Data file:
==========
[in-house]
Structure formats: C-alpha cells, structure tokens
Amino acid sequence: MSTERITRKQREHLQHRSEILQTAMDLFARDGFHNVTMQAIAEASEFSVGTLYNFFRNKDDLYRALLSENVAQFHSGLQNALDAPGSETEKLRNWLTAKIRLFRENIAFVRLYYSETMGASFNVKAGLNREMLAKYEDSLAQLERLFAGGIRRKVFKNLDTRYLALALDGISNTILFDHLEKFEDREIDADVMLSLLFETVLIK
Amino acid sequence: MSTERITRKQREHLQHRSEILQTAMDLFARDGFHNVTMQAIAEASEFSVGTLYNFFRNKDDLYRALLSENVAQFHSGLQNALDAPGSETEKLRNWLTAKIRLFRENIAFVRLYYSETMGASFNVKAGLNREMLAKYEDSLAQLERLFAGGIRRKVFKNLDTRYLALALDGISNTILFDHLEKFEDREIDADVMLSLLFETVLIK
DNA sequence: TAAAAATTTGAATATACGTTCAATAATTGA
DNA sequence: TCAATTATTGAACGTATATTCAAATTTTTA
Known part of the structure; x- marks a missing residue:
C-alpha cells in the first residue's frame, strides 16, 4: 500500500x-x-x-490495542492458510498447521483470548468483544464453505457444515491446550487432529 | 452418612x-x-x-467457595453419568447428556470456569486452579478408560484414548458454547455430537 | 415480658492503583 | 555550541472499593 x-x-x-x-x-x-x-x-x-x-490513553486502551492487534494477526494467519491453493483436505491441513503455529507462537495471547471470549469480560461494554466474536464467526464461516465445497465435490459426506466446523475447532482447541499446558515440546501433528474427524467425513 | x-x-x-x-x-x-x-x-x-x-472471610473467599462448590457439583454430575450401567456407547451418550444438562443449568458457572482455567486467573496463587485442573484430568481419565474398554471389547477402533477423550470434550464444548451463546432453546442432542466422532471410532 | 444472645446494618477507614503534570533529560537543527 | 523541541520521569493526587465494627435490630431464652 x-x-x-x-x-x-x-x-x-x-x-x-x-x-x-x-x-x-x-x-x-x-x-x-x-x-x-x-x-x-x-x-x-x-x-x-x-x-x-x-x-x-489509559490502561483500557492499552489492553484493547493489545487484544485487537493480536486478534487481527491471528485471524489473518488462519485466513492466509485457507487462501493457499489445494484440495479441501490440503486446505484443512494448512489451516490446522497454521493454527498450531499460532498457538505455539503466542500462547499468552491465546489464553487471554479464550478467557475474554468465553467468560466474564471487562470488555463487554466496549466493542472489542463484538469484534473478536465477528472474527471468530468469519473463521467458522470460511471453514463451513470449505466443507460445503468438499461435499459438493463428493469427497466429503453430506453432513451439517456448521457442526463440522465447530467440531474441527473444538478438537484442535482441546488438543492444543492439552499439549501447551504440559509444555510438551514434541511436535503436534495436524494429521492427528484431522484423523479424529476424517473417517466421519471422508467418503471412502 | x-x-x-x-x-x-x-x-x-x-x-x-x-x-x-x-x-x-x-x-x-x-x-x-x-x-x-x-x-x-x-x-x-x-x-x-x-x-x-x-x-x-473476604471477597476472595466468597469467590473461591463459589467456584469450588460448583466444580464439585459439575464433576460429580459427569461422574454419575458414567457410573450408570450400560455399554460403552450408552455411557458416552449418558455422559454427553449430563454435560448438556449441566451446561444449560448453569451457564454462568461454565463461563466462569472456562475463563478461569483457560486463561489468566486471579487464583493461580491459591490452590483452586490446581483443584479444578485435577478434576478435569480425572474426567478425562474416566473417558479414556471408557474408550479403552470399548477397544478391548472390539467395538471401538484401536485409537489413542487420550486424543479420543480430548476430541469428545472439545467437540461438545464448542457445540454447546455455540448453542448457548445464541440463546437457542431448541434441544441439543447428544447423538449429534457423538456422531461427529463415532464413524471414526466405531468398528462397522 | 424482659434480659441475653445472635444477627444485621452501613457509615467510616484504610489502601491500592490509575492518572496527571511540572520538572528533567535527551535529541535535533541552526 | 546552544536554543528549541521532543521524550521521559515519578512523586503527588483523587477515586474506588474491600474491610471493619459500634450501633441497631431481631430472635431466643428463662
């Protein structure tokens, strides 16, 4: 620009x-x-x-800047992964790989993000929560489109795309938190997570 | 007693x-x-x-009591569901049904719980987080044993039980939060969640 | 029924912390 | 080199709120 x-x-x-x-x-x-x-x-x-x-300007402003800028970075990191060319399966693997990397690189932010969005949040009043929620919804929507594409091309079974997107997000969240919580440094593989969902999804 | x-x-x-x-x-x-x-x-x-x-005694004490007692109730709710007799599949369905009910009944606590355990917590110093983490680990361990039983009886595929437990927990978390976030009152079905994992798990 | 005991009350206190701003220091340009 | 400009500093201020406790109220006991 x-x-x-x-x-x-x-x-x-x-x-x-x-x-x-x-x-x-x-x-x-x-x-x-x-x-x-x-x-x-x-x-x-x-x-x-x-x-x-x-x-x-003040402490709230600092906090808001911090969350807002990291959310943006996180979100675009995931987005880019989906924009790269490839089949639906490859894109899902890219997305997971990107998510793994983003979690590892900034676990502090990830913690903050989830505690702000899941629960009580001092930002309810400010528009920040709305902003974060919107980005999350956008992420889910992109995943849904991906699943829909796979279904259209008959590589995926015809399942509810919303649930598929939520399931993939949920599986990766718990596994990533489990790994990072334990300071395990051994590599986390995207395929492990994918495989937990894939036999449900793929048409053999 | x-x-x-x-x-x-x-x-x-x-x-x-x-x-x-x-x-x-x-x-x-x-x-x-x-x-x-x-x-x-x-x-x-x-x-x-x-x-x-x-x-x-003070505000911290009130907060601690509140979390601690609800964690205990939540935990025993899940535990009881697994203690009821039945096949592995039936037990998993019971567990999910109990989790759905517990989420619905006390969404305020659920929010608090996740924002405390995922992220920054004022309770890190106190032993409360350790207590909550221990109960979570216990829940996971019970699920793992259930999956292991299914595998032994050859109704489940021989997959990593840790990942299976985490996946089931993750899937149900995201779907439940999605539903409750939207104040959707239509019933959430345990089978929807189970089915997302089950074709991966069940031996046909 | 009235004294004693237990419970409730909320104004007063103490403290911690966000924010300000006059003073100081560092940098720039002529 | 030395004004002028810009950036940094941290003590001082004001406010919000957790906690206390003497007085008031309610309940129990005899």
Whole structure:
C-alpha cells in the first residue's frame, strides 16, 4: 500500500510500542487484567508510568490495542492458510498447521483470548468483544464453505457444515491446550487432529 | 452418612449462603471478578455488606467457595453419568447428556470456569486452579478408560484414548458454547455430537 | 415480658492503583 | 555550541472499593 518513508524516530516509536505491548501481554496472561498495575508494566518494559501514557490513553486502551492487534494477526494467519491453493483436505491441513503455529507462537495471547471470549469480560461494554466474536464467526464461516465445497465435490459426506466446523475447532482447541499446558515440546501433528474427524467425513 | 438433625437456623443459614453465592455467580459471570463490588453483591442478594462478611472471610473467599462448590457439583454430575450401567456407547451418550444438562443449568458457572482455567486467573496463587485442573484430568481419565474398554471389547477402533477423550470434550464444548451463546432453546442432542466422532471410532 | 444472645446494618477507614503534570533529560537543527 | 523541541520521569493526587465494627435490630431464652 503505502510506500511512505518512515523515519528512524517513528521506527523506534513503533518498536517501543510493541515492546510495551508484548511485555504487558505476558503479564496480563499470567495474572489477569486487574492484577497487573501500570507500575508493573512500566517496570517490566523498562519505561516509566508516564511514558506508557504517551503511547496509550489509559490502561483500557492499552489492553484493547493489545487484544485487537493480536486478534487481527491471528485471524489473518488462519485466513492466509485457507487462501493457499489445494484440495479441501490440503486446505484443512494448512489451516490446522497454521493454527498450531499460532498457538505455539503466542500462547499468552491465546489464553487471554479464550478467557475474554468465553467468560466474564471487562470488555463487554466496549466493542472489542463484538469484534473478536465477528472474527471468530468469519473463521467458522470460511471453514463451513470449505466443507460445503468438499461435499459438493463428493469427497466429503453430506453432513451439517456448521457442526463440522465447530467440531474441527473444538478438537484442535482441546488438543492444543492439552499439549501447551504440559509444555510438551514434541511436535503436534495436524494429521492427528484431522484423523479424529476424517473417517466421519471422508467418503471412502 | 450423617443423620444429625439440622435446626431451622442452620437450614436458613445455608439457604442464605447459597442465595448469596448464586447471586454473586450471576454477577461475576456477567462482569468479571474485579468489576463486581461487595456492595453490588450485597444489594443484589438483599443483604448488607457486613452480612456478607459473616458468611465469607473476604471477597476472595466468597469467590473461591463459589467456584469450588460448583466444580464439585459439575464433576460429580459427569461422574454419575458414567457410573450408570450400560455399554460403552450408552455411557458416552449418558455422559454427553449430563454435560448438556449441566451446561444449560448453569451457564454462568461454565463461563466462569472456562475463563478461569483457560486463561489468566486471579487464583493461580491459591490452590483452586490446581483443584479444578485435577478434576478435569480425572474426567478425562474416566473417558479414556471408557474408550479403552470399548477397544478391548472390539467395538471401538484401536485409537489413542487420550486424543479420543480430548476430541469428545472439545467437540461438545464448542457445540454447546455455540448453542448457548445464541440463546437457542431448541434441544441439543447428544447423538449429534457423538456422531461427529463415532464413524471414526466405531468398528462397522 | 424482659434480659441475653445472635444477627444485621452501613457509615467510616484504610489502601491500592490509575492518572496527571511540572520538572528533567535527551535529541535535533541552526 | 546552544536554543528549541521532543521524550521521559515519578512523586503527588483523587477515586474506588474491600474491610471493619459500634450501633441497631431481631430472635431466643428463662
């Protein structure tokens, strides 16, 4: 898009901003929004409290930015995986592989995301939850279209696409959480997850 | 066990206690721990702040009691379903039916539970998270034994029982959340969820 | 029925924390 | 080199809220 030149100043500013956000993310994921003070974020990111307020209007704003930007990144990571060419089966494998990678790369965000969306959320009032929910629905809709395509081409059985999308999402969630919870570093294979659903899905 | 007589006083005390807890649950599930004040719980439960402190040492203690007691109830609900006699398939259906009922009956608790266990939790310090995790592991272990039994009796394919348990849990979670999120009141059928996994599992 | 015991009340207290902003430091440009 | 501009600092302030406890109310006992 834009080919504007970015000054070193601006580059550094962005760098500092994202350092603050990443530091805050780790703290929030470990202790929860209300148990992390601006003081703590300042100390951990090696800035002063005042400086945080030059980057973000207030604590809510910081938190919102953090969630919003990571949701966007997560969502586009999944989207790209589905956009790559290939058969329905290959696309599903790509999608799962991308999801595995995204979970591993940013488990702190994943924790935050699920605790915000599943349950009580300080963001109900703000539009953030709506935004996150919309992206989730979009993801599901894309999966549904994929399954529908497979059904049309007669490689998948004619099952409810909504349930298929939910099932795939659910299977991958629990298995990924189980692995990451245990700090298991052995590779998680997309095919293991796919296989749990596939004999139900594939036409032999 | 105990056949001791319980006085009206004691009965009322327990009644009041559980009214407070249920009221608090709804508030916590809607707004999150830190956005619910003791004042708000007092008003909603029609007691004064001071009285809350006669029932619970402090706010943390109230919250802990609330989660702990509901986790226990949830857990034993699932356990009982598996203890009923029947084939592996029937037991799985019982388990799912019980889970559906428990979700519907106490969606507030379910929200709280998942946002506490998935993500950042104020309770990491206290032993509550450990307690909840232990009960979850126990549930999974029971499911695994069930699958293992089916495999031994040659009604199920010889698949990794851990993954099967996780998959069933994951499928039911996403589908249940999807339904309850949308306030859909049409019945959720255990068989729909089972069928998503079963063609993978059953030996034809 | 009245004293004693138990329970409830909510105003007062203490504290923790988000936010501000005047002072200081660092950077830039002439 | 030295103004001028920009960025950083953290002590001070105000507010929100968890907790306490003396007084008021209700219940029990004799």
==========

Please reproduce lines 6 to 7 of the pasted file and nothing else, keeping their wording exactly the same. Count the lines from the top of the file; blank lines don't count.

DNA sequence: TCAATTATTGAACGTATATTCAAATTTTTA
Known part of the structure; x- marks a missing residue: